Rupee at all-time low against US dollar
The Indian rupee on Friday hit a record low against the US dollar after foreign portfolio investors (FPIs) exited the equity market and a possible outflow of dollar to rising oil prices led to capital flight.
At the inter-bank exchange, the Indian rupee fell 19 paise to 77.93 against the dollar on Thursday, compared to its previous close of 77.74, a previous record low.
Sugandha Sachdeva, Vice President, Commodity & Currency, said, “The rupee has hit a new record low after a prolonged consolidation phase amid intense price pressures and concerns about re-imposition of some lockdown restrictions in China. Risk sentiments have soured.” Research, Religare Broking Limited
He said the rise in crude oil prices to a three-month high due to supply tightness was adding to inflationary concerns and hurting the global economy, which is already under pressure from major central banks and the Russia-Ukraine crisis. The tightening of monetary policy was strained.
“In addition, the World Bank has slashed its global growth forecast to 2.9% in January against its previous estimate of 4.1%. These are major headwinds in the current scenario for the domestic currency and lead to a flight of foreign capital inflows, fueling demand for the safe-haven dollar,” she said.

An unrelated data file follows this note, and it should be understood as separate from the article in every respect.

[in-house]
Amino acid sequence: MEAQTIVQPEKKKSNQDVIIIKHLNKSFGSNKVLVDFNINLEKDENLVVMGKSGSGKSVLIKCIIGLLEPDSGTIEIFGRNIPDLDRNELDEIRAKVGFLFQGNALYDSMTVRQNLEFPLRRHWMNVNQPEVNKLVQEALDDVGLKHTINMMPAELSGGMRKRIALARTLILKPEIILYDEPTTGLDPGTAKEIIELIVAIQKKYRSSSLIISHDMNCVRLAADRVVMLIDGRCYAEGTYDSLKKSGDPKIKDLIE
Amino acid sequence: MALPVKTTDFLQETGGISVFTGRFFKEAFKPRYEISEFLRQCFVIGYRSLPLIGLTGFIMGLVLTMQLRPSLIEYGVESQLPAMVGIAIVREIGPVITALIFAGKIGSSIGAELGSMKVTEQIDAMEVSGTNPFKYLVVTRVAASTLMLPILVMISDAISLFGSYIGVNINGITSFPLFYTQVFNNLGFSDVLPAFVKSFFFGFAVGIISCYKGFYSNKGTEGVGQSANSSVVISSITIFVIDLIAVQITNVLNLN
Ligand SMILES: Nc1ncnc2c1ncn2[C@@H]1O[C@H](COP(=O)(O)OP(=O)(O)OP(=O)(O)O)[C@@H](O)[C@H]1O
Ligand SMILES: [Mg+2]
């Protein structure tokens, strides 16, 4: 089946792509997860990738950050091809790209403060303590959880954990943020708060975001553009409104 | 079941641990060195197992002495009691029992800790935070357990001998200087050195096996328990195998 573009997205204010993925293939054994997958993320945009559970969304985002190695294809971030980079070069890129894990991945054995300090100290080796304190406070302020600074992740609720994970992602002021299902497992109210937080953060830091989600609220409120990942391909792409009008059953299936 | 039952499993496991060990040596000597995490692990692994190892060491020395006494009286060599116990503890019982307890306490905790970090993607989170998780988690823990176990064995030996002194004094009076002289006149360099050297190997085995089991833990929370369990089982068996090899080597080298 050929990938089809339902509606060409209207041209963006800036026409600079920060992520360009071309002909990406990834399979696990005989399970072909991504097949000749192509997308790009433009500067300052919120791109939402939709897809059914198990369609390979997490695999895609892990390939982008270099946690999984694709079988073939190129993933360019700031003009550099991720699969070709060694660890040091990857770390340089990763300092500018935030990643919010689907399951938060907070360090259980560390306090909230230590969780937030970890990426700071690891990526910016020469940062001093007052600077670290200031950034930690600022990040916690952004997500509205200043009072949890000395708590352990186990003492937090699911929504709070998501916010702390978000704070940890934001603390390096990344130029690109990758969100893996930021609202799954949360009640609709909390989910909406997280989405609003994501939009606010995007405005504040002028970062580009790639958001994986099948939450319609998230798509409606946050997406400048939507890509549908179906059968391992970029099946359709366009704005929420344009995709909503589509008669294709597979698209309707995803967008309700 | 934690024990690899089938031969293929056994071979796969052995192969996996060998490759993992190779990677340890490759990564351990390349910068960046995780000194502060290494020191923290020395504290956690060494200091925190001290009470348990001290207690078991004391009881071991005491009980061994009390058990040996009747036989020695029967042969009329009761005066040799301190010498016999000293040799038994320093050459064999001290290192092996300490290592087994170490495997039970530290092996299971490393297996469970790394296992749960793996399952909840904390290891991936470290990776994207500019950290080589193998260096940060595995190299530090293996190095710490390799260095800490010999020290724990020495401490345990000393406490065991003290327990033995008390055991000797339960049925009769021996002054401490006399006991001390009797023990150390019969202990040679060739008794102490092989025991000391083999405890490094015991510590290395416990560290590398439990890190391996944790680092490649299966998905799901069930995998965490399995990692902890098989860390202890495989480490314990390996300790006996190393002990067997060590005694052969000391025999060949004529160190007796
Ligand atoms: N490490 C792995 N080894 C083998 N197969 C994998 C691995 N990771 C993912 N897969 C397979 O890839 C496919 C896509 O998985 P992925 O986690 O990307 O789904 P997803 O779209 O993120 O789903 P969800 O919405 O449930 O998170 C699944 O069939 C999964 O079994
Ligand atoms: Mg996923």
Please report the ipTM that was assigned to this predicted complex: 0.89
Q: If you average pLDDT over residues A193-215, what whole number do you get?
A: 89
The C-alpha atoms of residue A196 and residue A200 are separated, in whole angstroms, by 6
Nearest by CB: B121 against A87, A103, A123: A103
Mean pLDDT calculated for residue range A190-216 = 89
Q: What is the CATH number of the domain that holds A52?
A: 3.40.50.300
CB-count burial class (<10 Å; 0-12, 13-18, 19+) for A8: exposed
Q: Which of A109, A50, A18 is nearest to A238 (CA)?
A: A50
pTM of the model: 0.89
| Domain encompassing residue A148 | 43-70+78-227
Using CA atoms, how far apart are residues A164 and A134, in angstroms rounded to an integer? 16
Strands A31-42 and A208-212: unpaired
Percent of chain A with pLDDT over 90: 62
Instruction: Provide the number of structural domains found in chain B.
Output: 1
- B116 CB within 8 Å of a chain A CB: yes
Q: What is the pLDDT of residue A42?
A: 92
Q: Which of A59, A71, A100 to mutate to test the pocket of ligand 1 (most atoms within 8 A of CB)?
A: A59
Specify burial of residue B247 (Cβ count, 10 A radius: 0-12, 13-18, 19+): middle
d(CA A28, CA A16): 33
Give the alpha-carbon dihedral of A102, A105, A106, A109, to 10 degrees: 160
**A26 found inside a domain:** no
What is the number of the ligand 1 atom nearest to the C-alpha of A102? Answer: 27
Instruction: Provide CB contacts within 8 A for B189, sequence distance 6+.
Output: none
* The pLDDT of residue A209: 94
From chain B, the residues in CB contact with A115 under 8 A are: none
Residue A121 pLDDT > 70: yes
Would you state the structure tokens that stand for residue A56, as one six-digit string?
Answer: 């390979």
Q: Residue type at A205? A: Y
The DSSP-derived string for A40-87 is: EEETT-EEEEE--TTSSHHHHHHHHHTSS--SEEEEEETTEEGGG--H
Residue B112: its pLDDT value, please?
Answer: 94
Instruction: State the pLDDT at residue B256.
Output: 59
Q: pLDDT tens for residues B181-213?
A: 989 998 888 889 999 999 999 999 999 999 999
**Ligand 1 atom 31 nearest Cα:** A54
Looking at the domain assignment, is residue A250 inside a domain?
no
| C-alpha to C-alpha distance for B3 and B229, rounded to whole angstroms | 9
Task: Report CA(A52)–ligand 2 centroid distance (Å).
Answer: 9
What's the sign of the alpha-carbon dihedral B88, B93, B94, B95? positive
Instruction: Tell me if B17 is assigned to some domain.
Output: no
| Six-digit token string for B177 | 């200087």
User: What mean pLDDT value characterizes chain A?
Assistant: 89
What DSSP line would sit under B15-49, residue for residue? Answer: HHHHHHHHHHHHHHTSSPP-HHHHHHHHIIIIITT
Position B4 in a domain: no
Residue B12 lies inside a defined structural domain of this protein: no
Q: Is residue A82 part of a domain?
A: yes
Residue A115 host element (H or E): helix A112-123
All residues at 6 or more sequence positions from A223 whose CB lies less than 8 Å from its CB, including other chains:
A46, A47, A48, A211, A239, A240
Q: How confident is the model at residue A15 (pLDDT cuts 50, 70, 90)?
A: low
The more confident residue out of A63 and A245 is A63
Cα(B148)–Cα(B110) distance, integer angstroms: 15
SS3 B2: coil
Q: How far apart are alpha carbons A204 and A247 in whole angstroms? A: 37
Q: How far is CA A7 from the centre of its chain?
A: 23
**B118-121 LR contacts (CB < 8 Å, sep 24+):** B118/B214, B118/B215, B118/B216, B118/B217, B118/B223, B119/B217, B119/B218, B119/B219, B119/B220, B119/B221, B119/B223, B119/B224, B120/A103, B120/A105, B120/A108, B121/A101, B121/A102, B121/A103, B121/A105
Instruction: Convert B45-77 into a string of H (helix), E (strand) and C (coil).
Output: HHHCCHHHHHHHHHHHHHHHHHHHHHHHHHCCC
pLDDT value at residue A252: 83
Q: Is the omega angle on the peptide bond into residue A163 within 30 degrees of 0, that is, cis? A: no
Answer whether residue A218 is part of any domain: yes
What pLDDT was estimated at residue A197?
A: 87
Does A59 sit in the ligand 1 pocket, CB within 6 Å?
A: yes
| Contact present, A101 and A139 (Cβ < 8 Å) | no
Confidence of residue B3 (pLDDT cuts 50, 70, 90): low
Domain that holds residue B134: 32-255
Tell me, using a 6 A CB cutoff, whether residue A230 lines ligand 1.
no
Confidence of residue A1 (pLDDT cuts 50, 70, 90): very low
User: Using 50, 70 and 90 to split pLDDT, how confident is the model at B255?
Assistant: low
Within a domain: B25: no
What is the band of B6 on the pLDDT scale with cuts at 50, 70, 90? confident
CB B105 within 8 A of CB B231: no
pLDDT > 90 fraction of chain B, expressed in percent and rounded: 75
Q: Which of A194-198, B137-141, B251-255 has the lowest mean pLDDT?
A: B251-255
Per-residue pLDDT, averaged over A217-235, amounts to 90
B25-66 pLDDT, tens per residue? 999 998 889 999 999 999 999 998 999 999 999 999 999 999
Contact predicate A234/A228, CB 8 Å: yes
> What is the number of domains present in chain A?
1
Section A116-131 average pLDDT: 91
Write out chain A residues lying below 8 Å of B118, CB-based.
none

Markets, she said, were now awaiting US CPI data as well as the Fed’s next meeting, when rates are expected to be announced a hike of 50 bps, the third consecutive rein in decades by the US central bank. Growth – high inflation.
“As of now, we envisage devaluation of rupee towards 78.20 points in near term and 78.50 points from medium term perspective,” Ms Sachdeva said.
According to Ravi Singh, Vice President and Head of Research, Share India, a strong US dollar and market liquidity stimulated the volatility and weakness of the rupee.
“Geopolitical tensions and rising inflation have increased economic uncertainty and concerns around growth. Though RBI has started taking steps to curb inflation and control liquidity, the strengthening of dollar has neutralized the impact,” he said.
“However, given the strong foreign exchange reserves and fiscal tightening measures, the rupee does not depreciate much from the current levels. Resistance is near the level of 78 and it is unlikely that the level will be broken in the near term,” he said.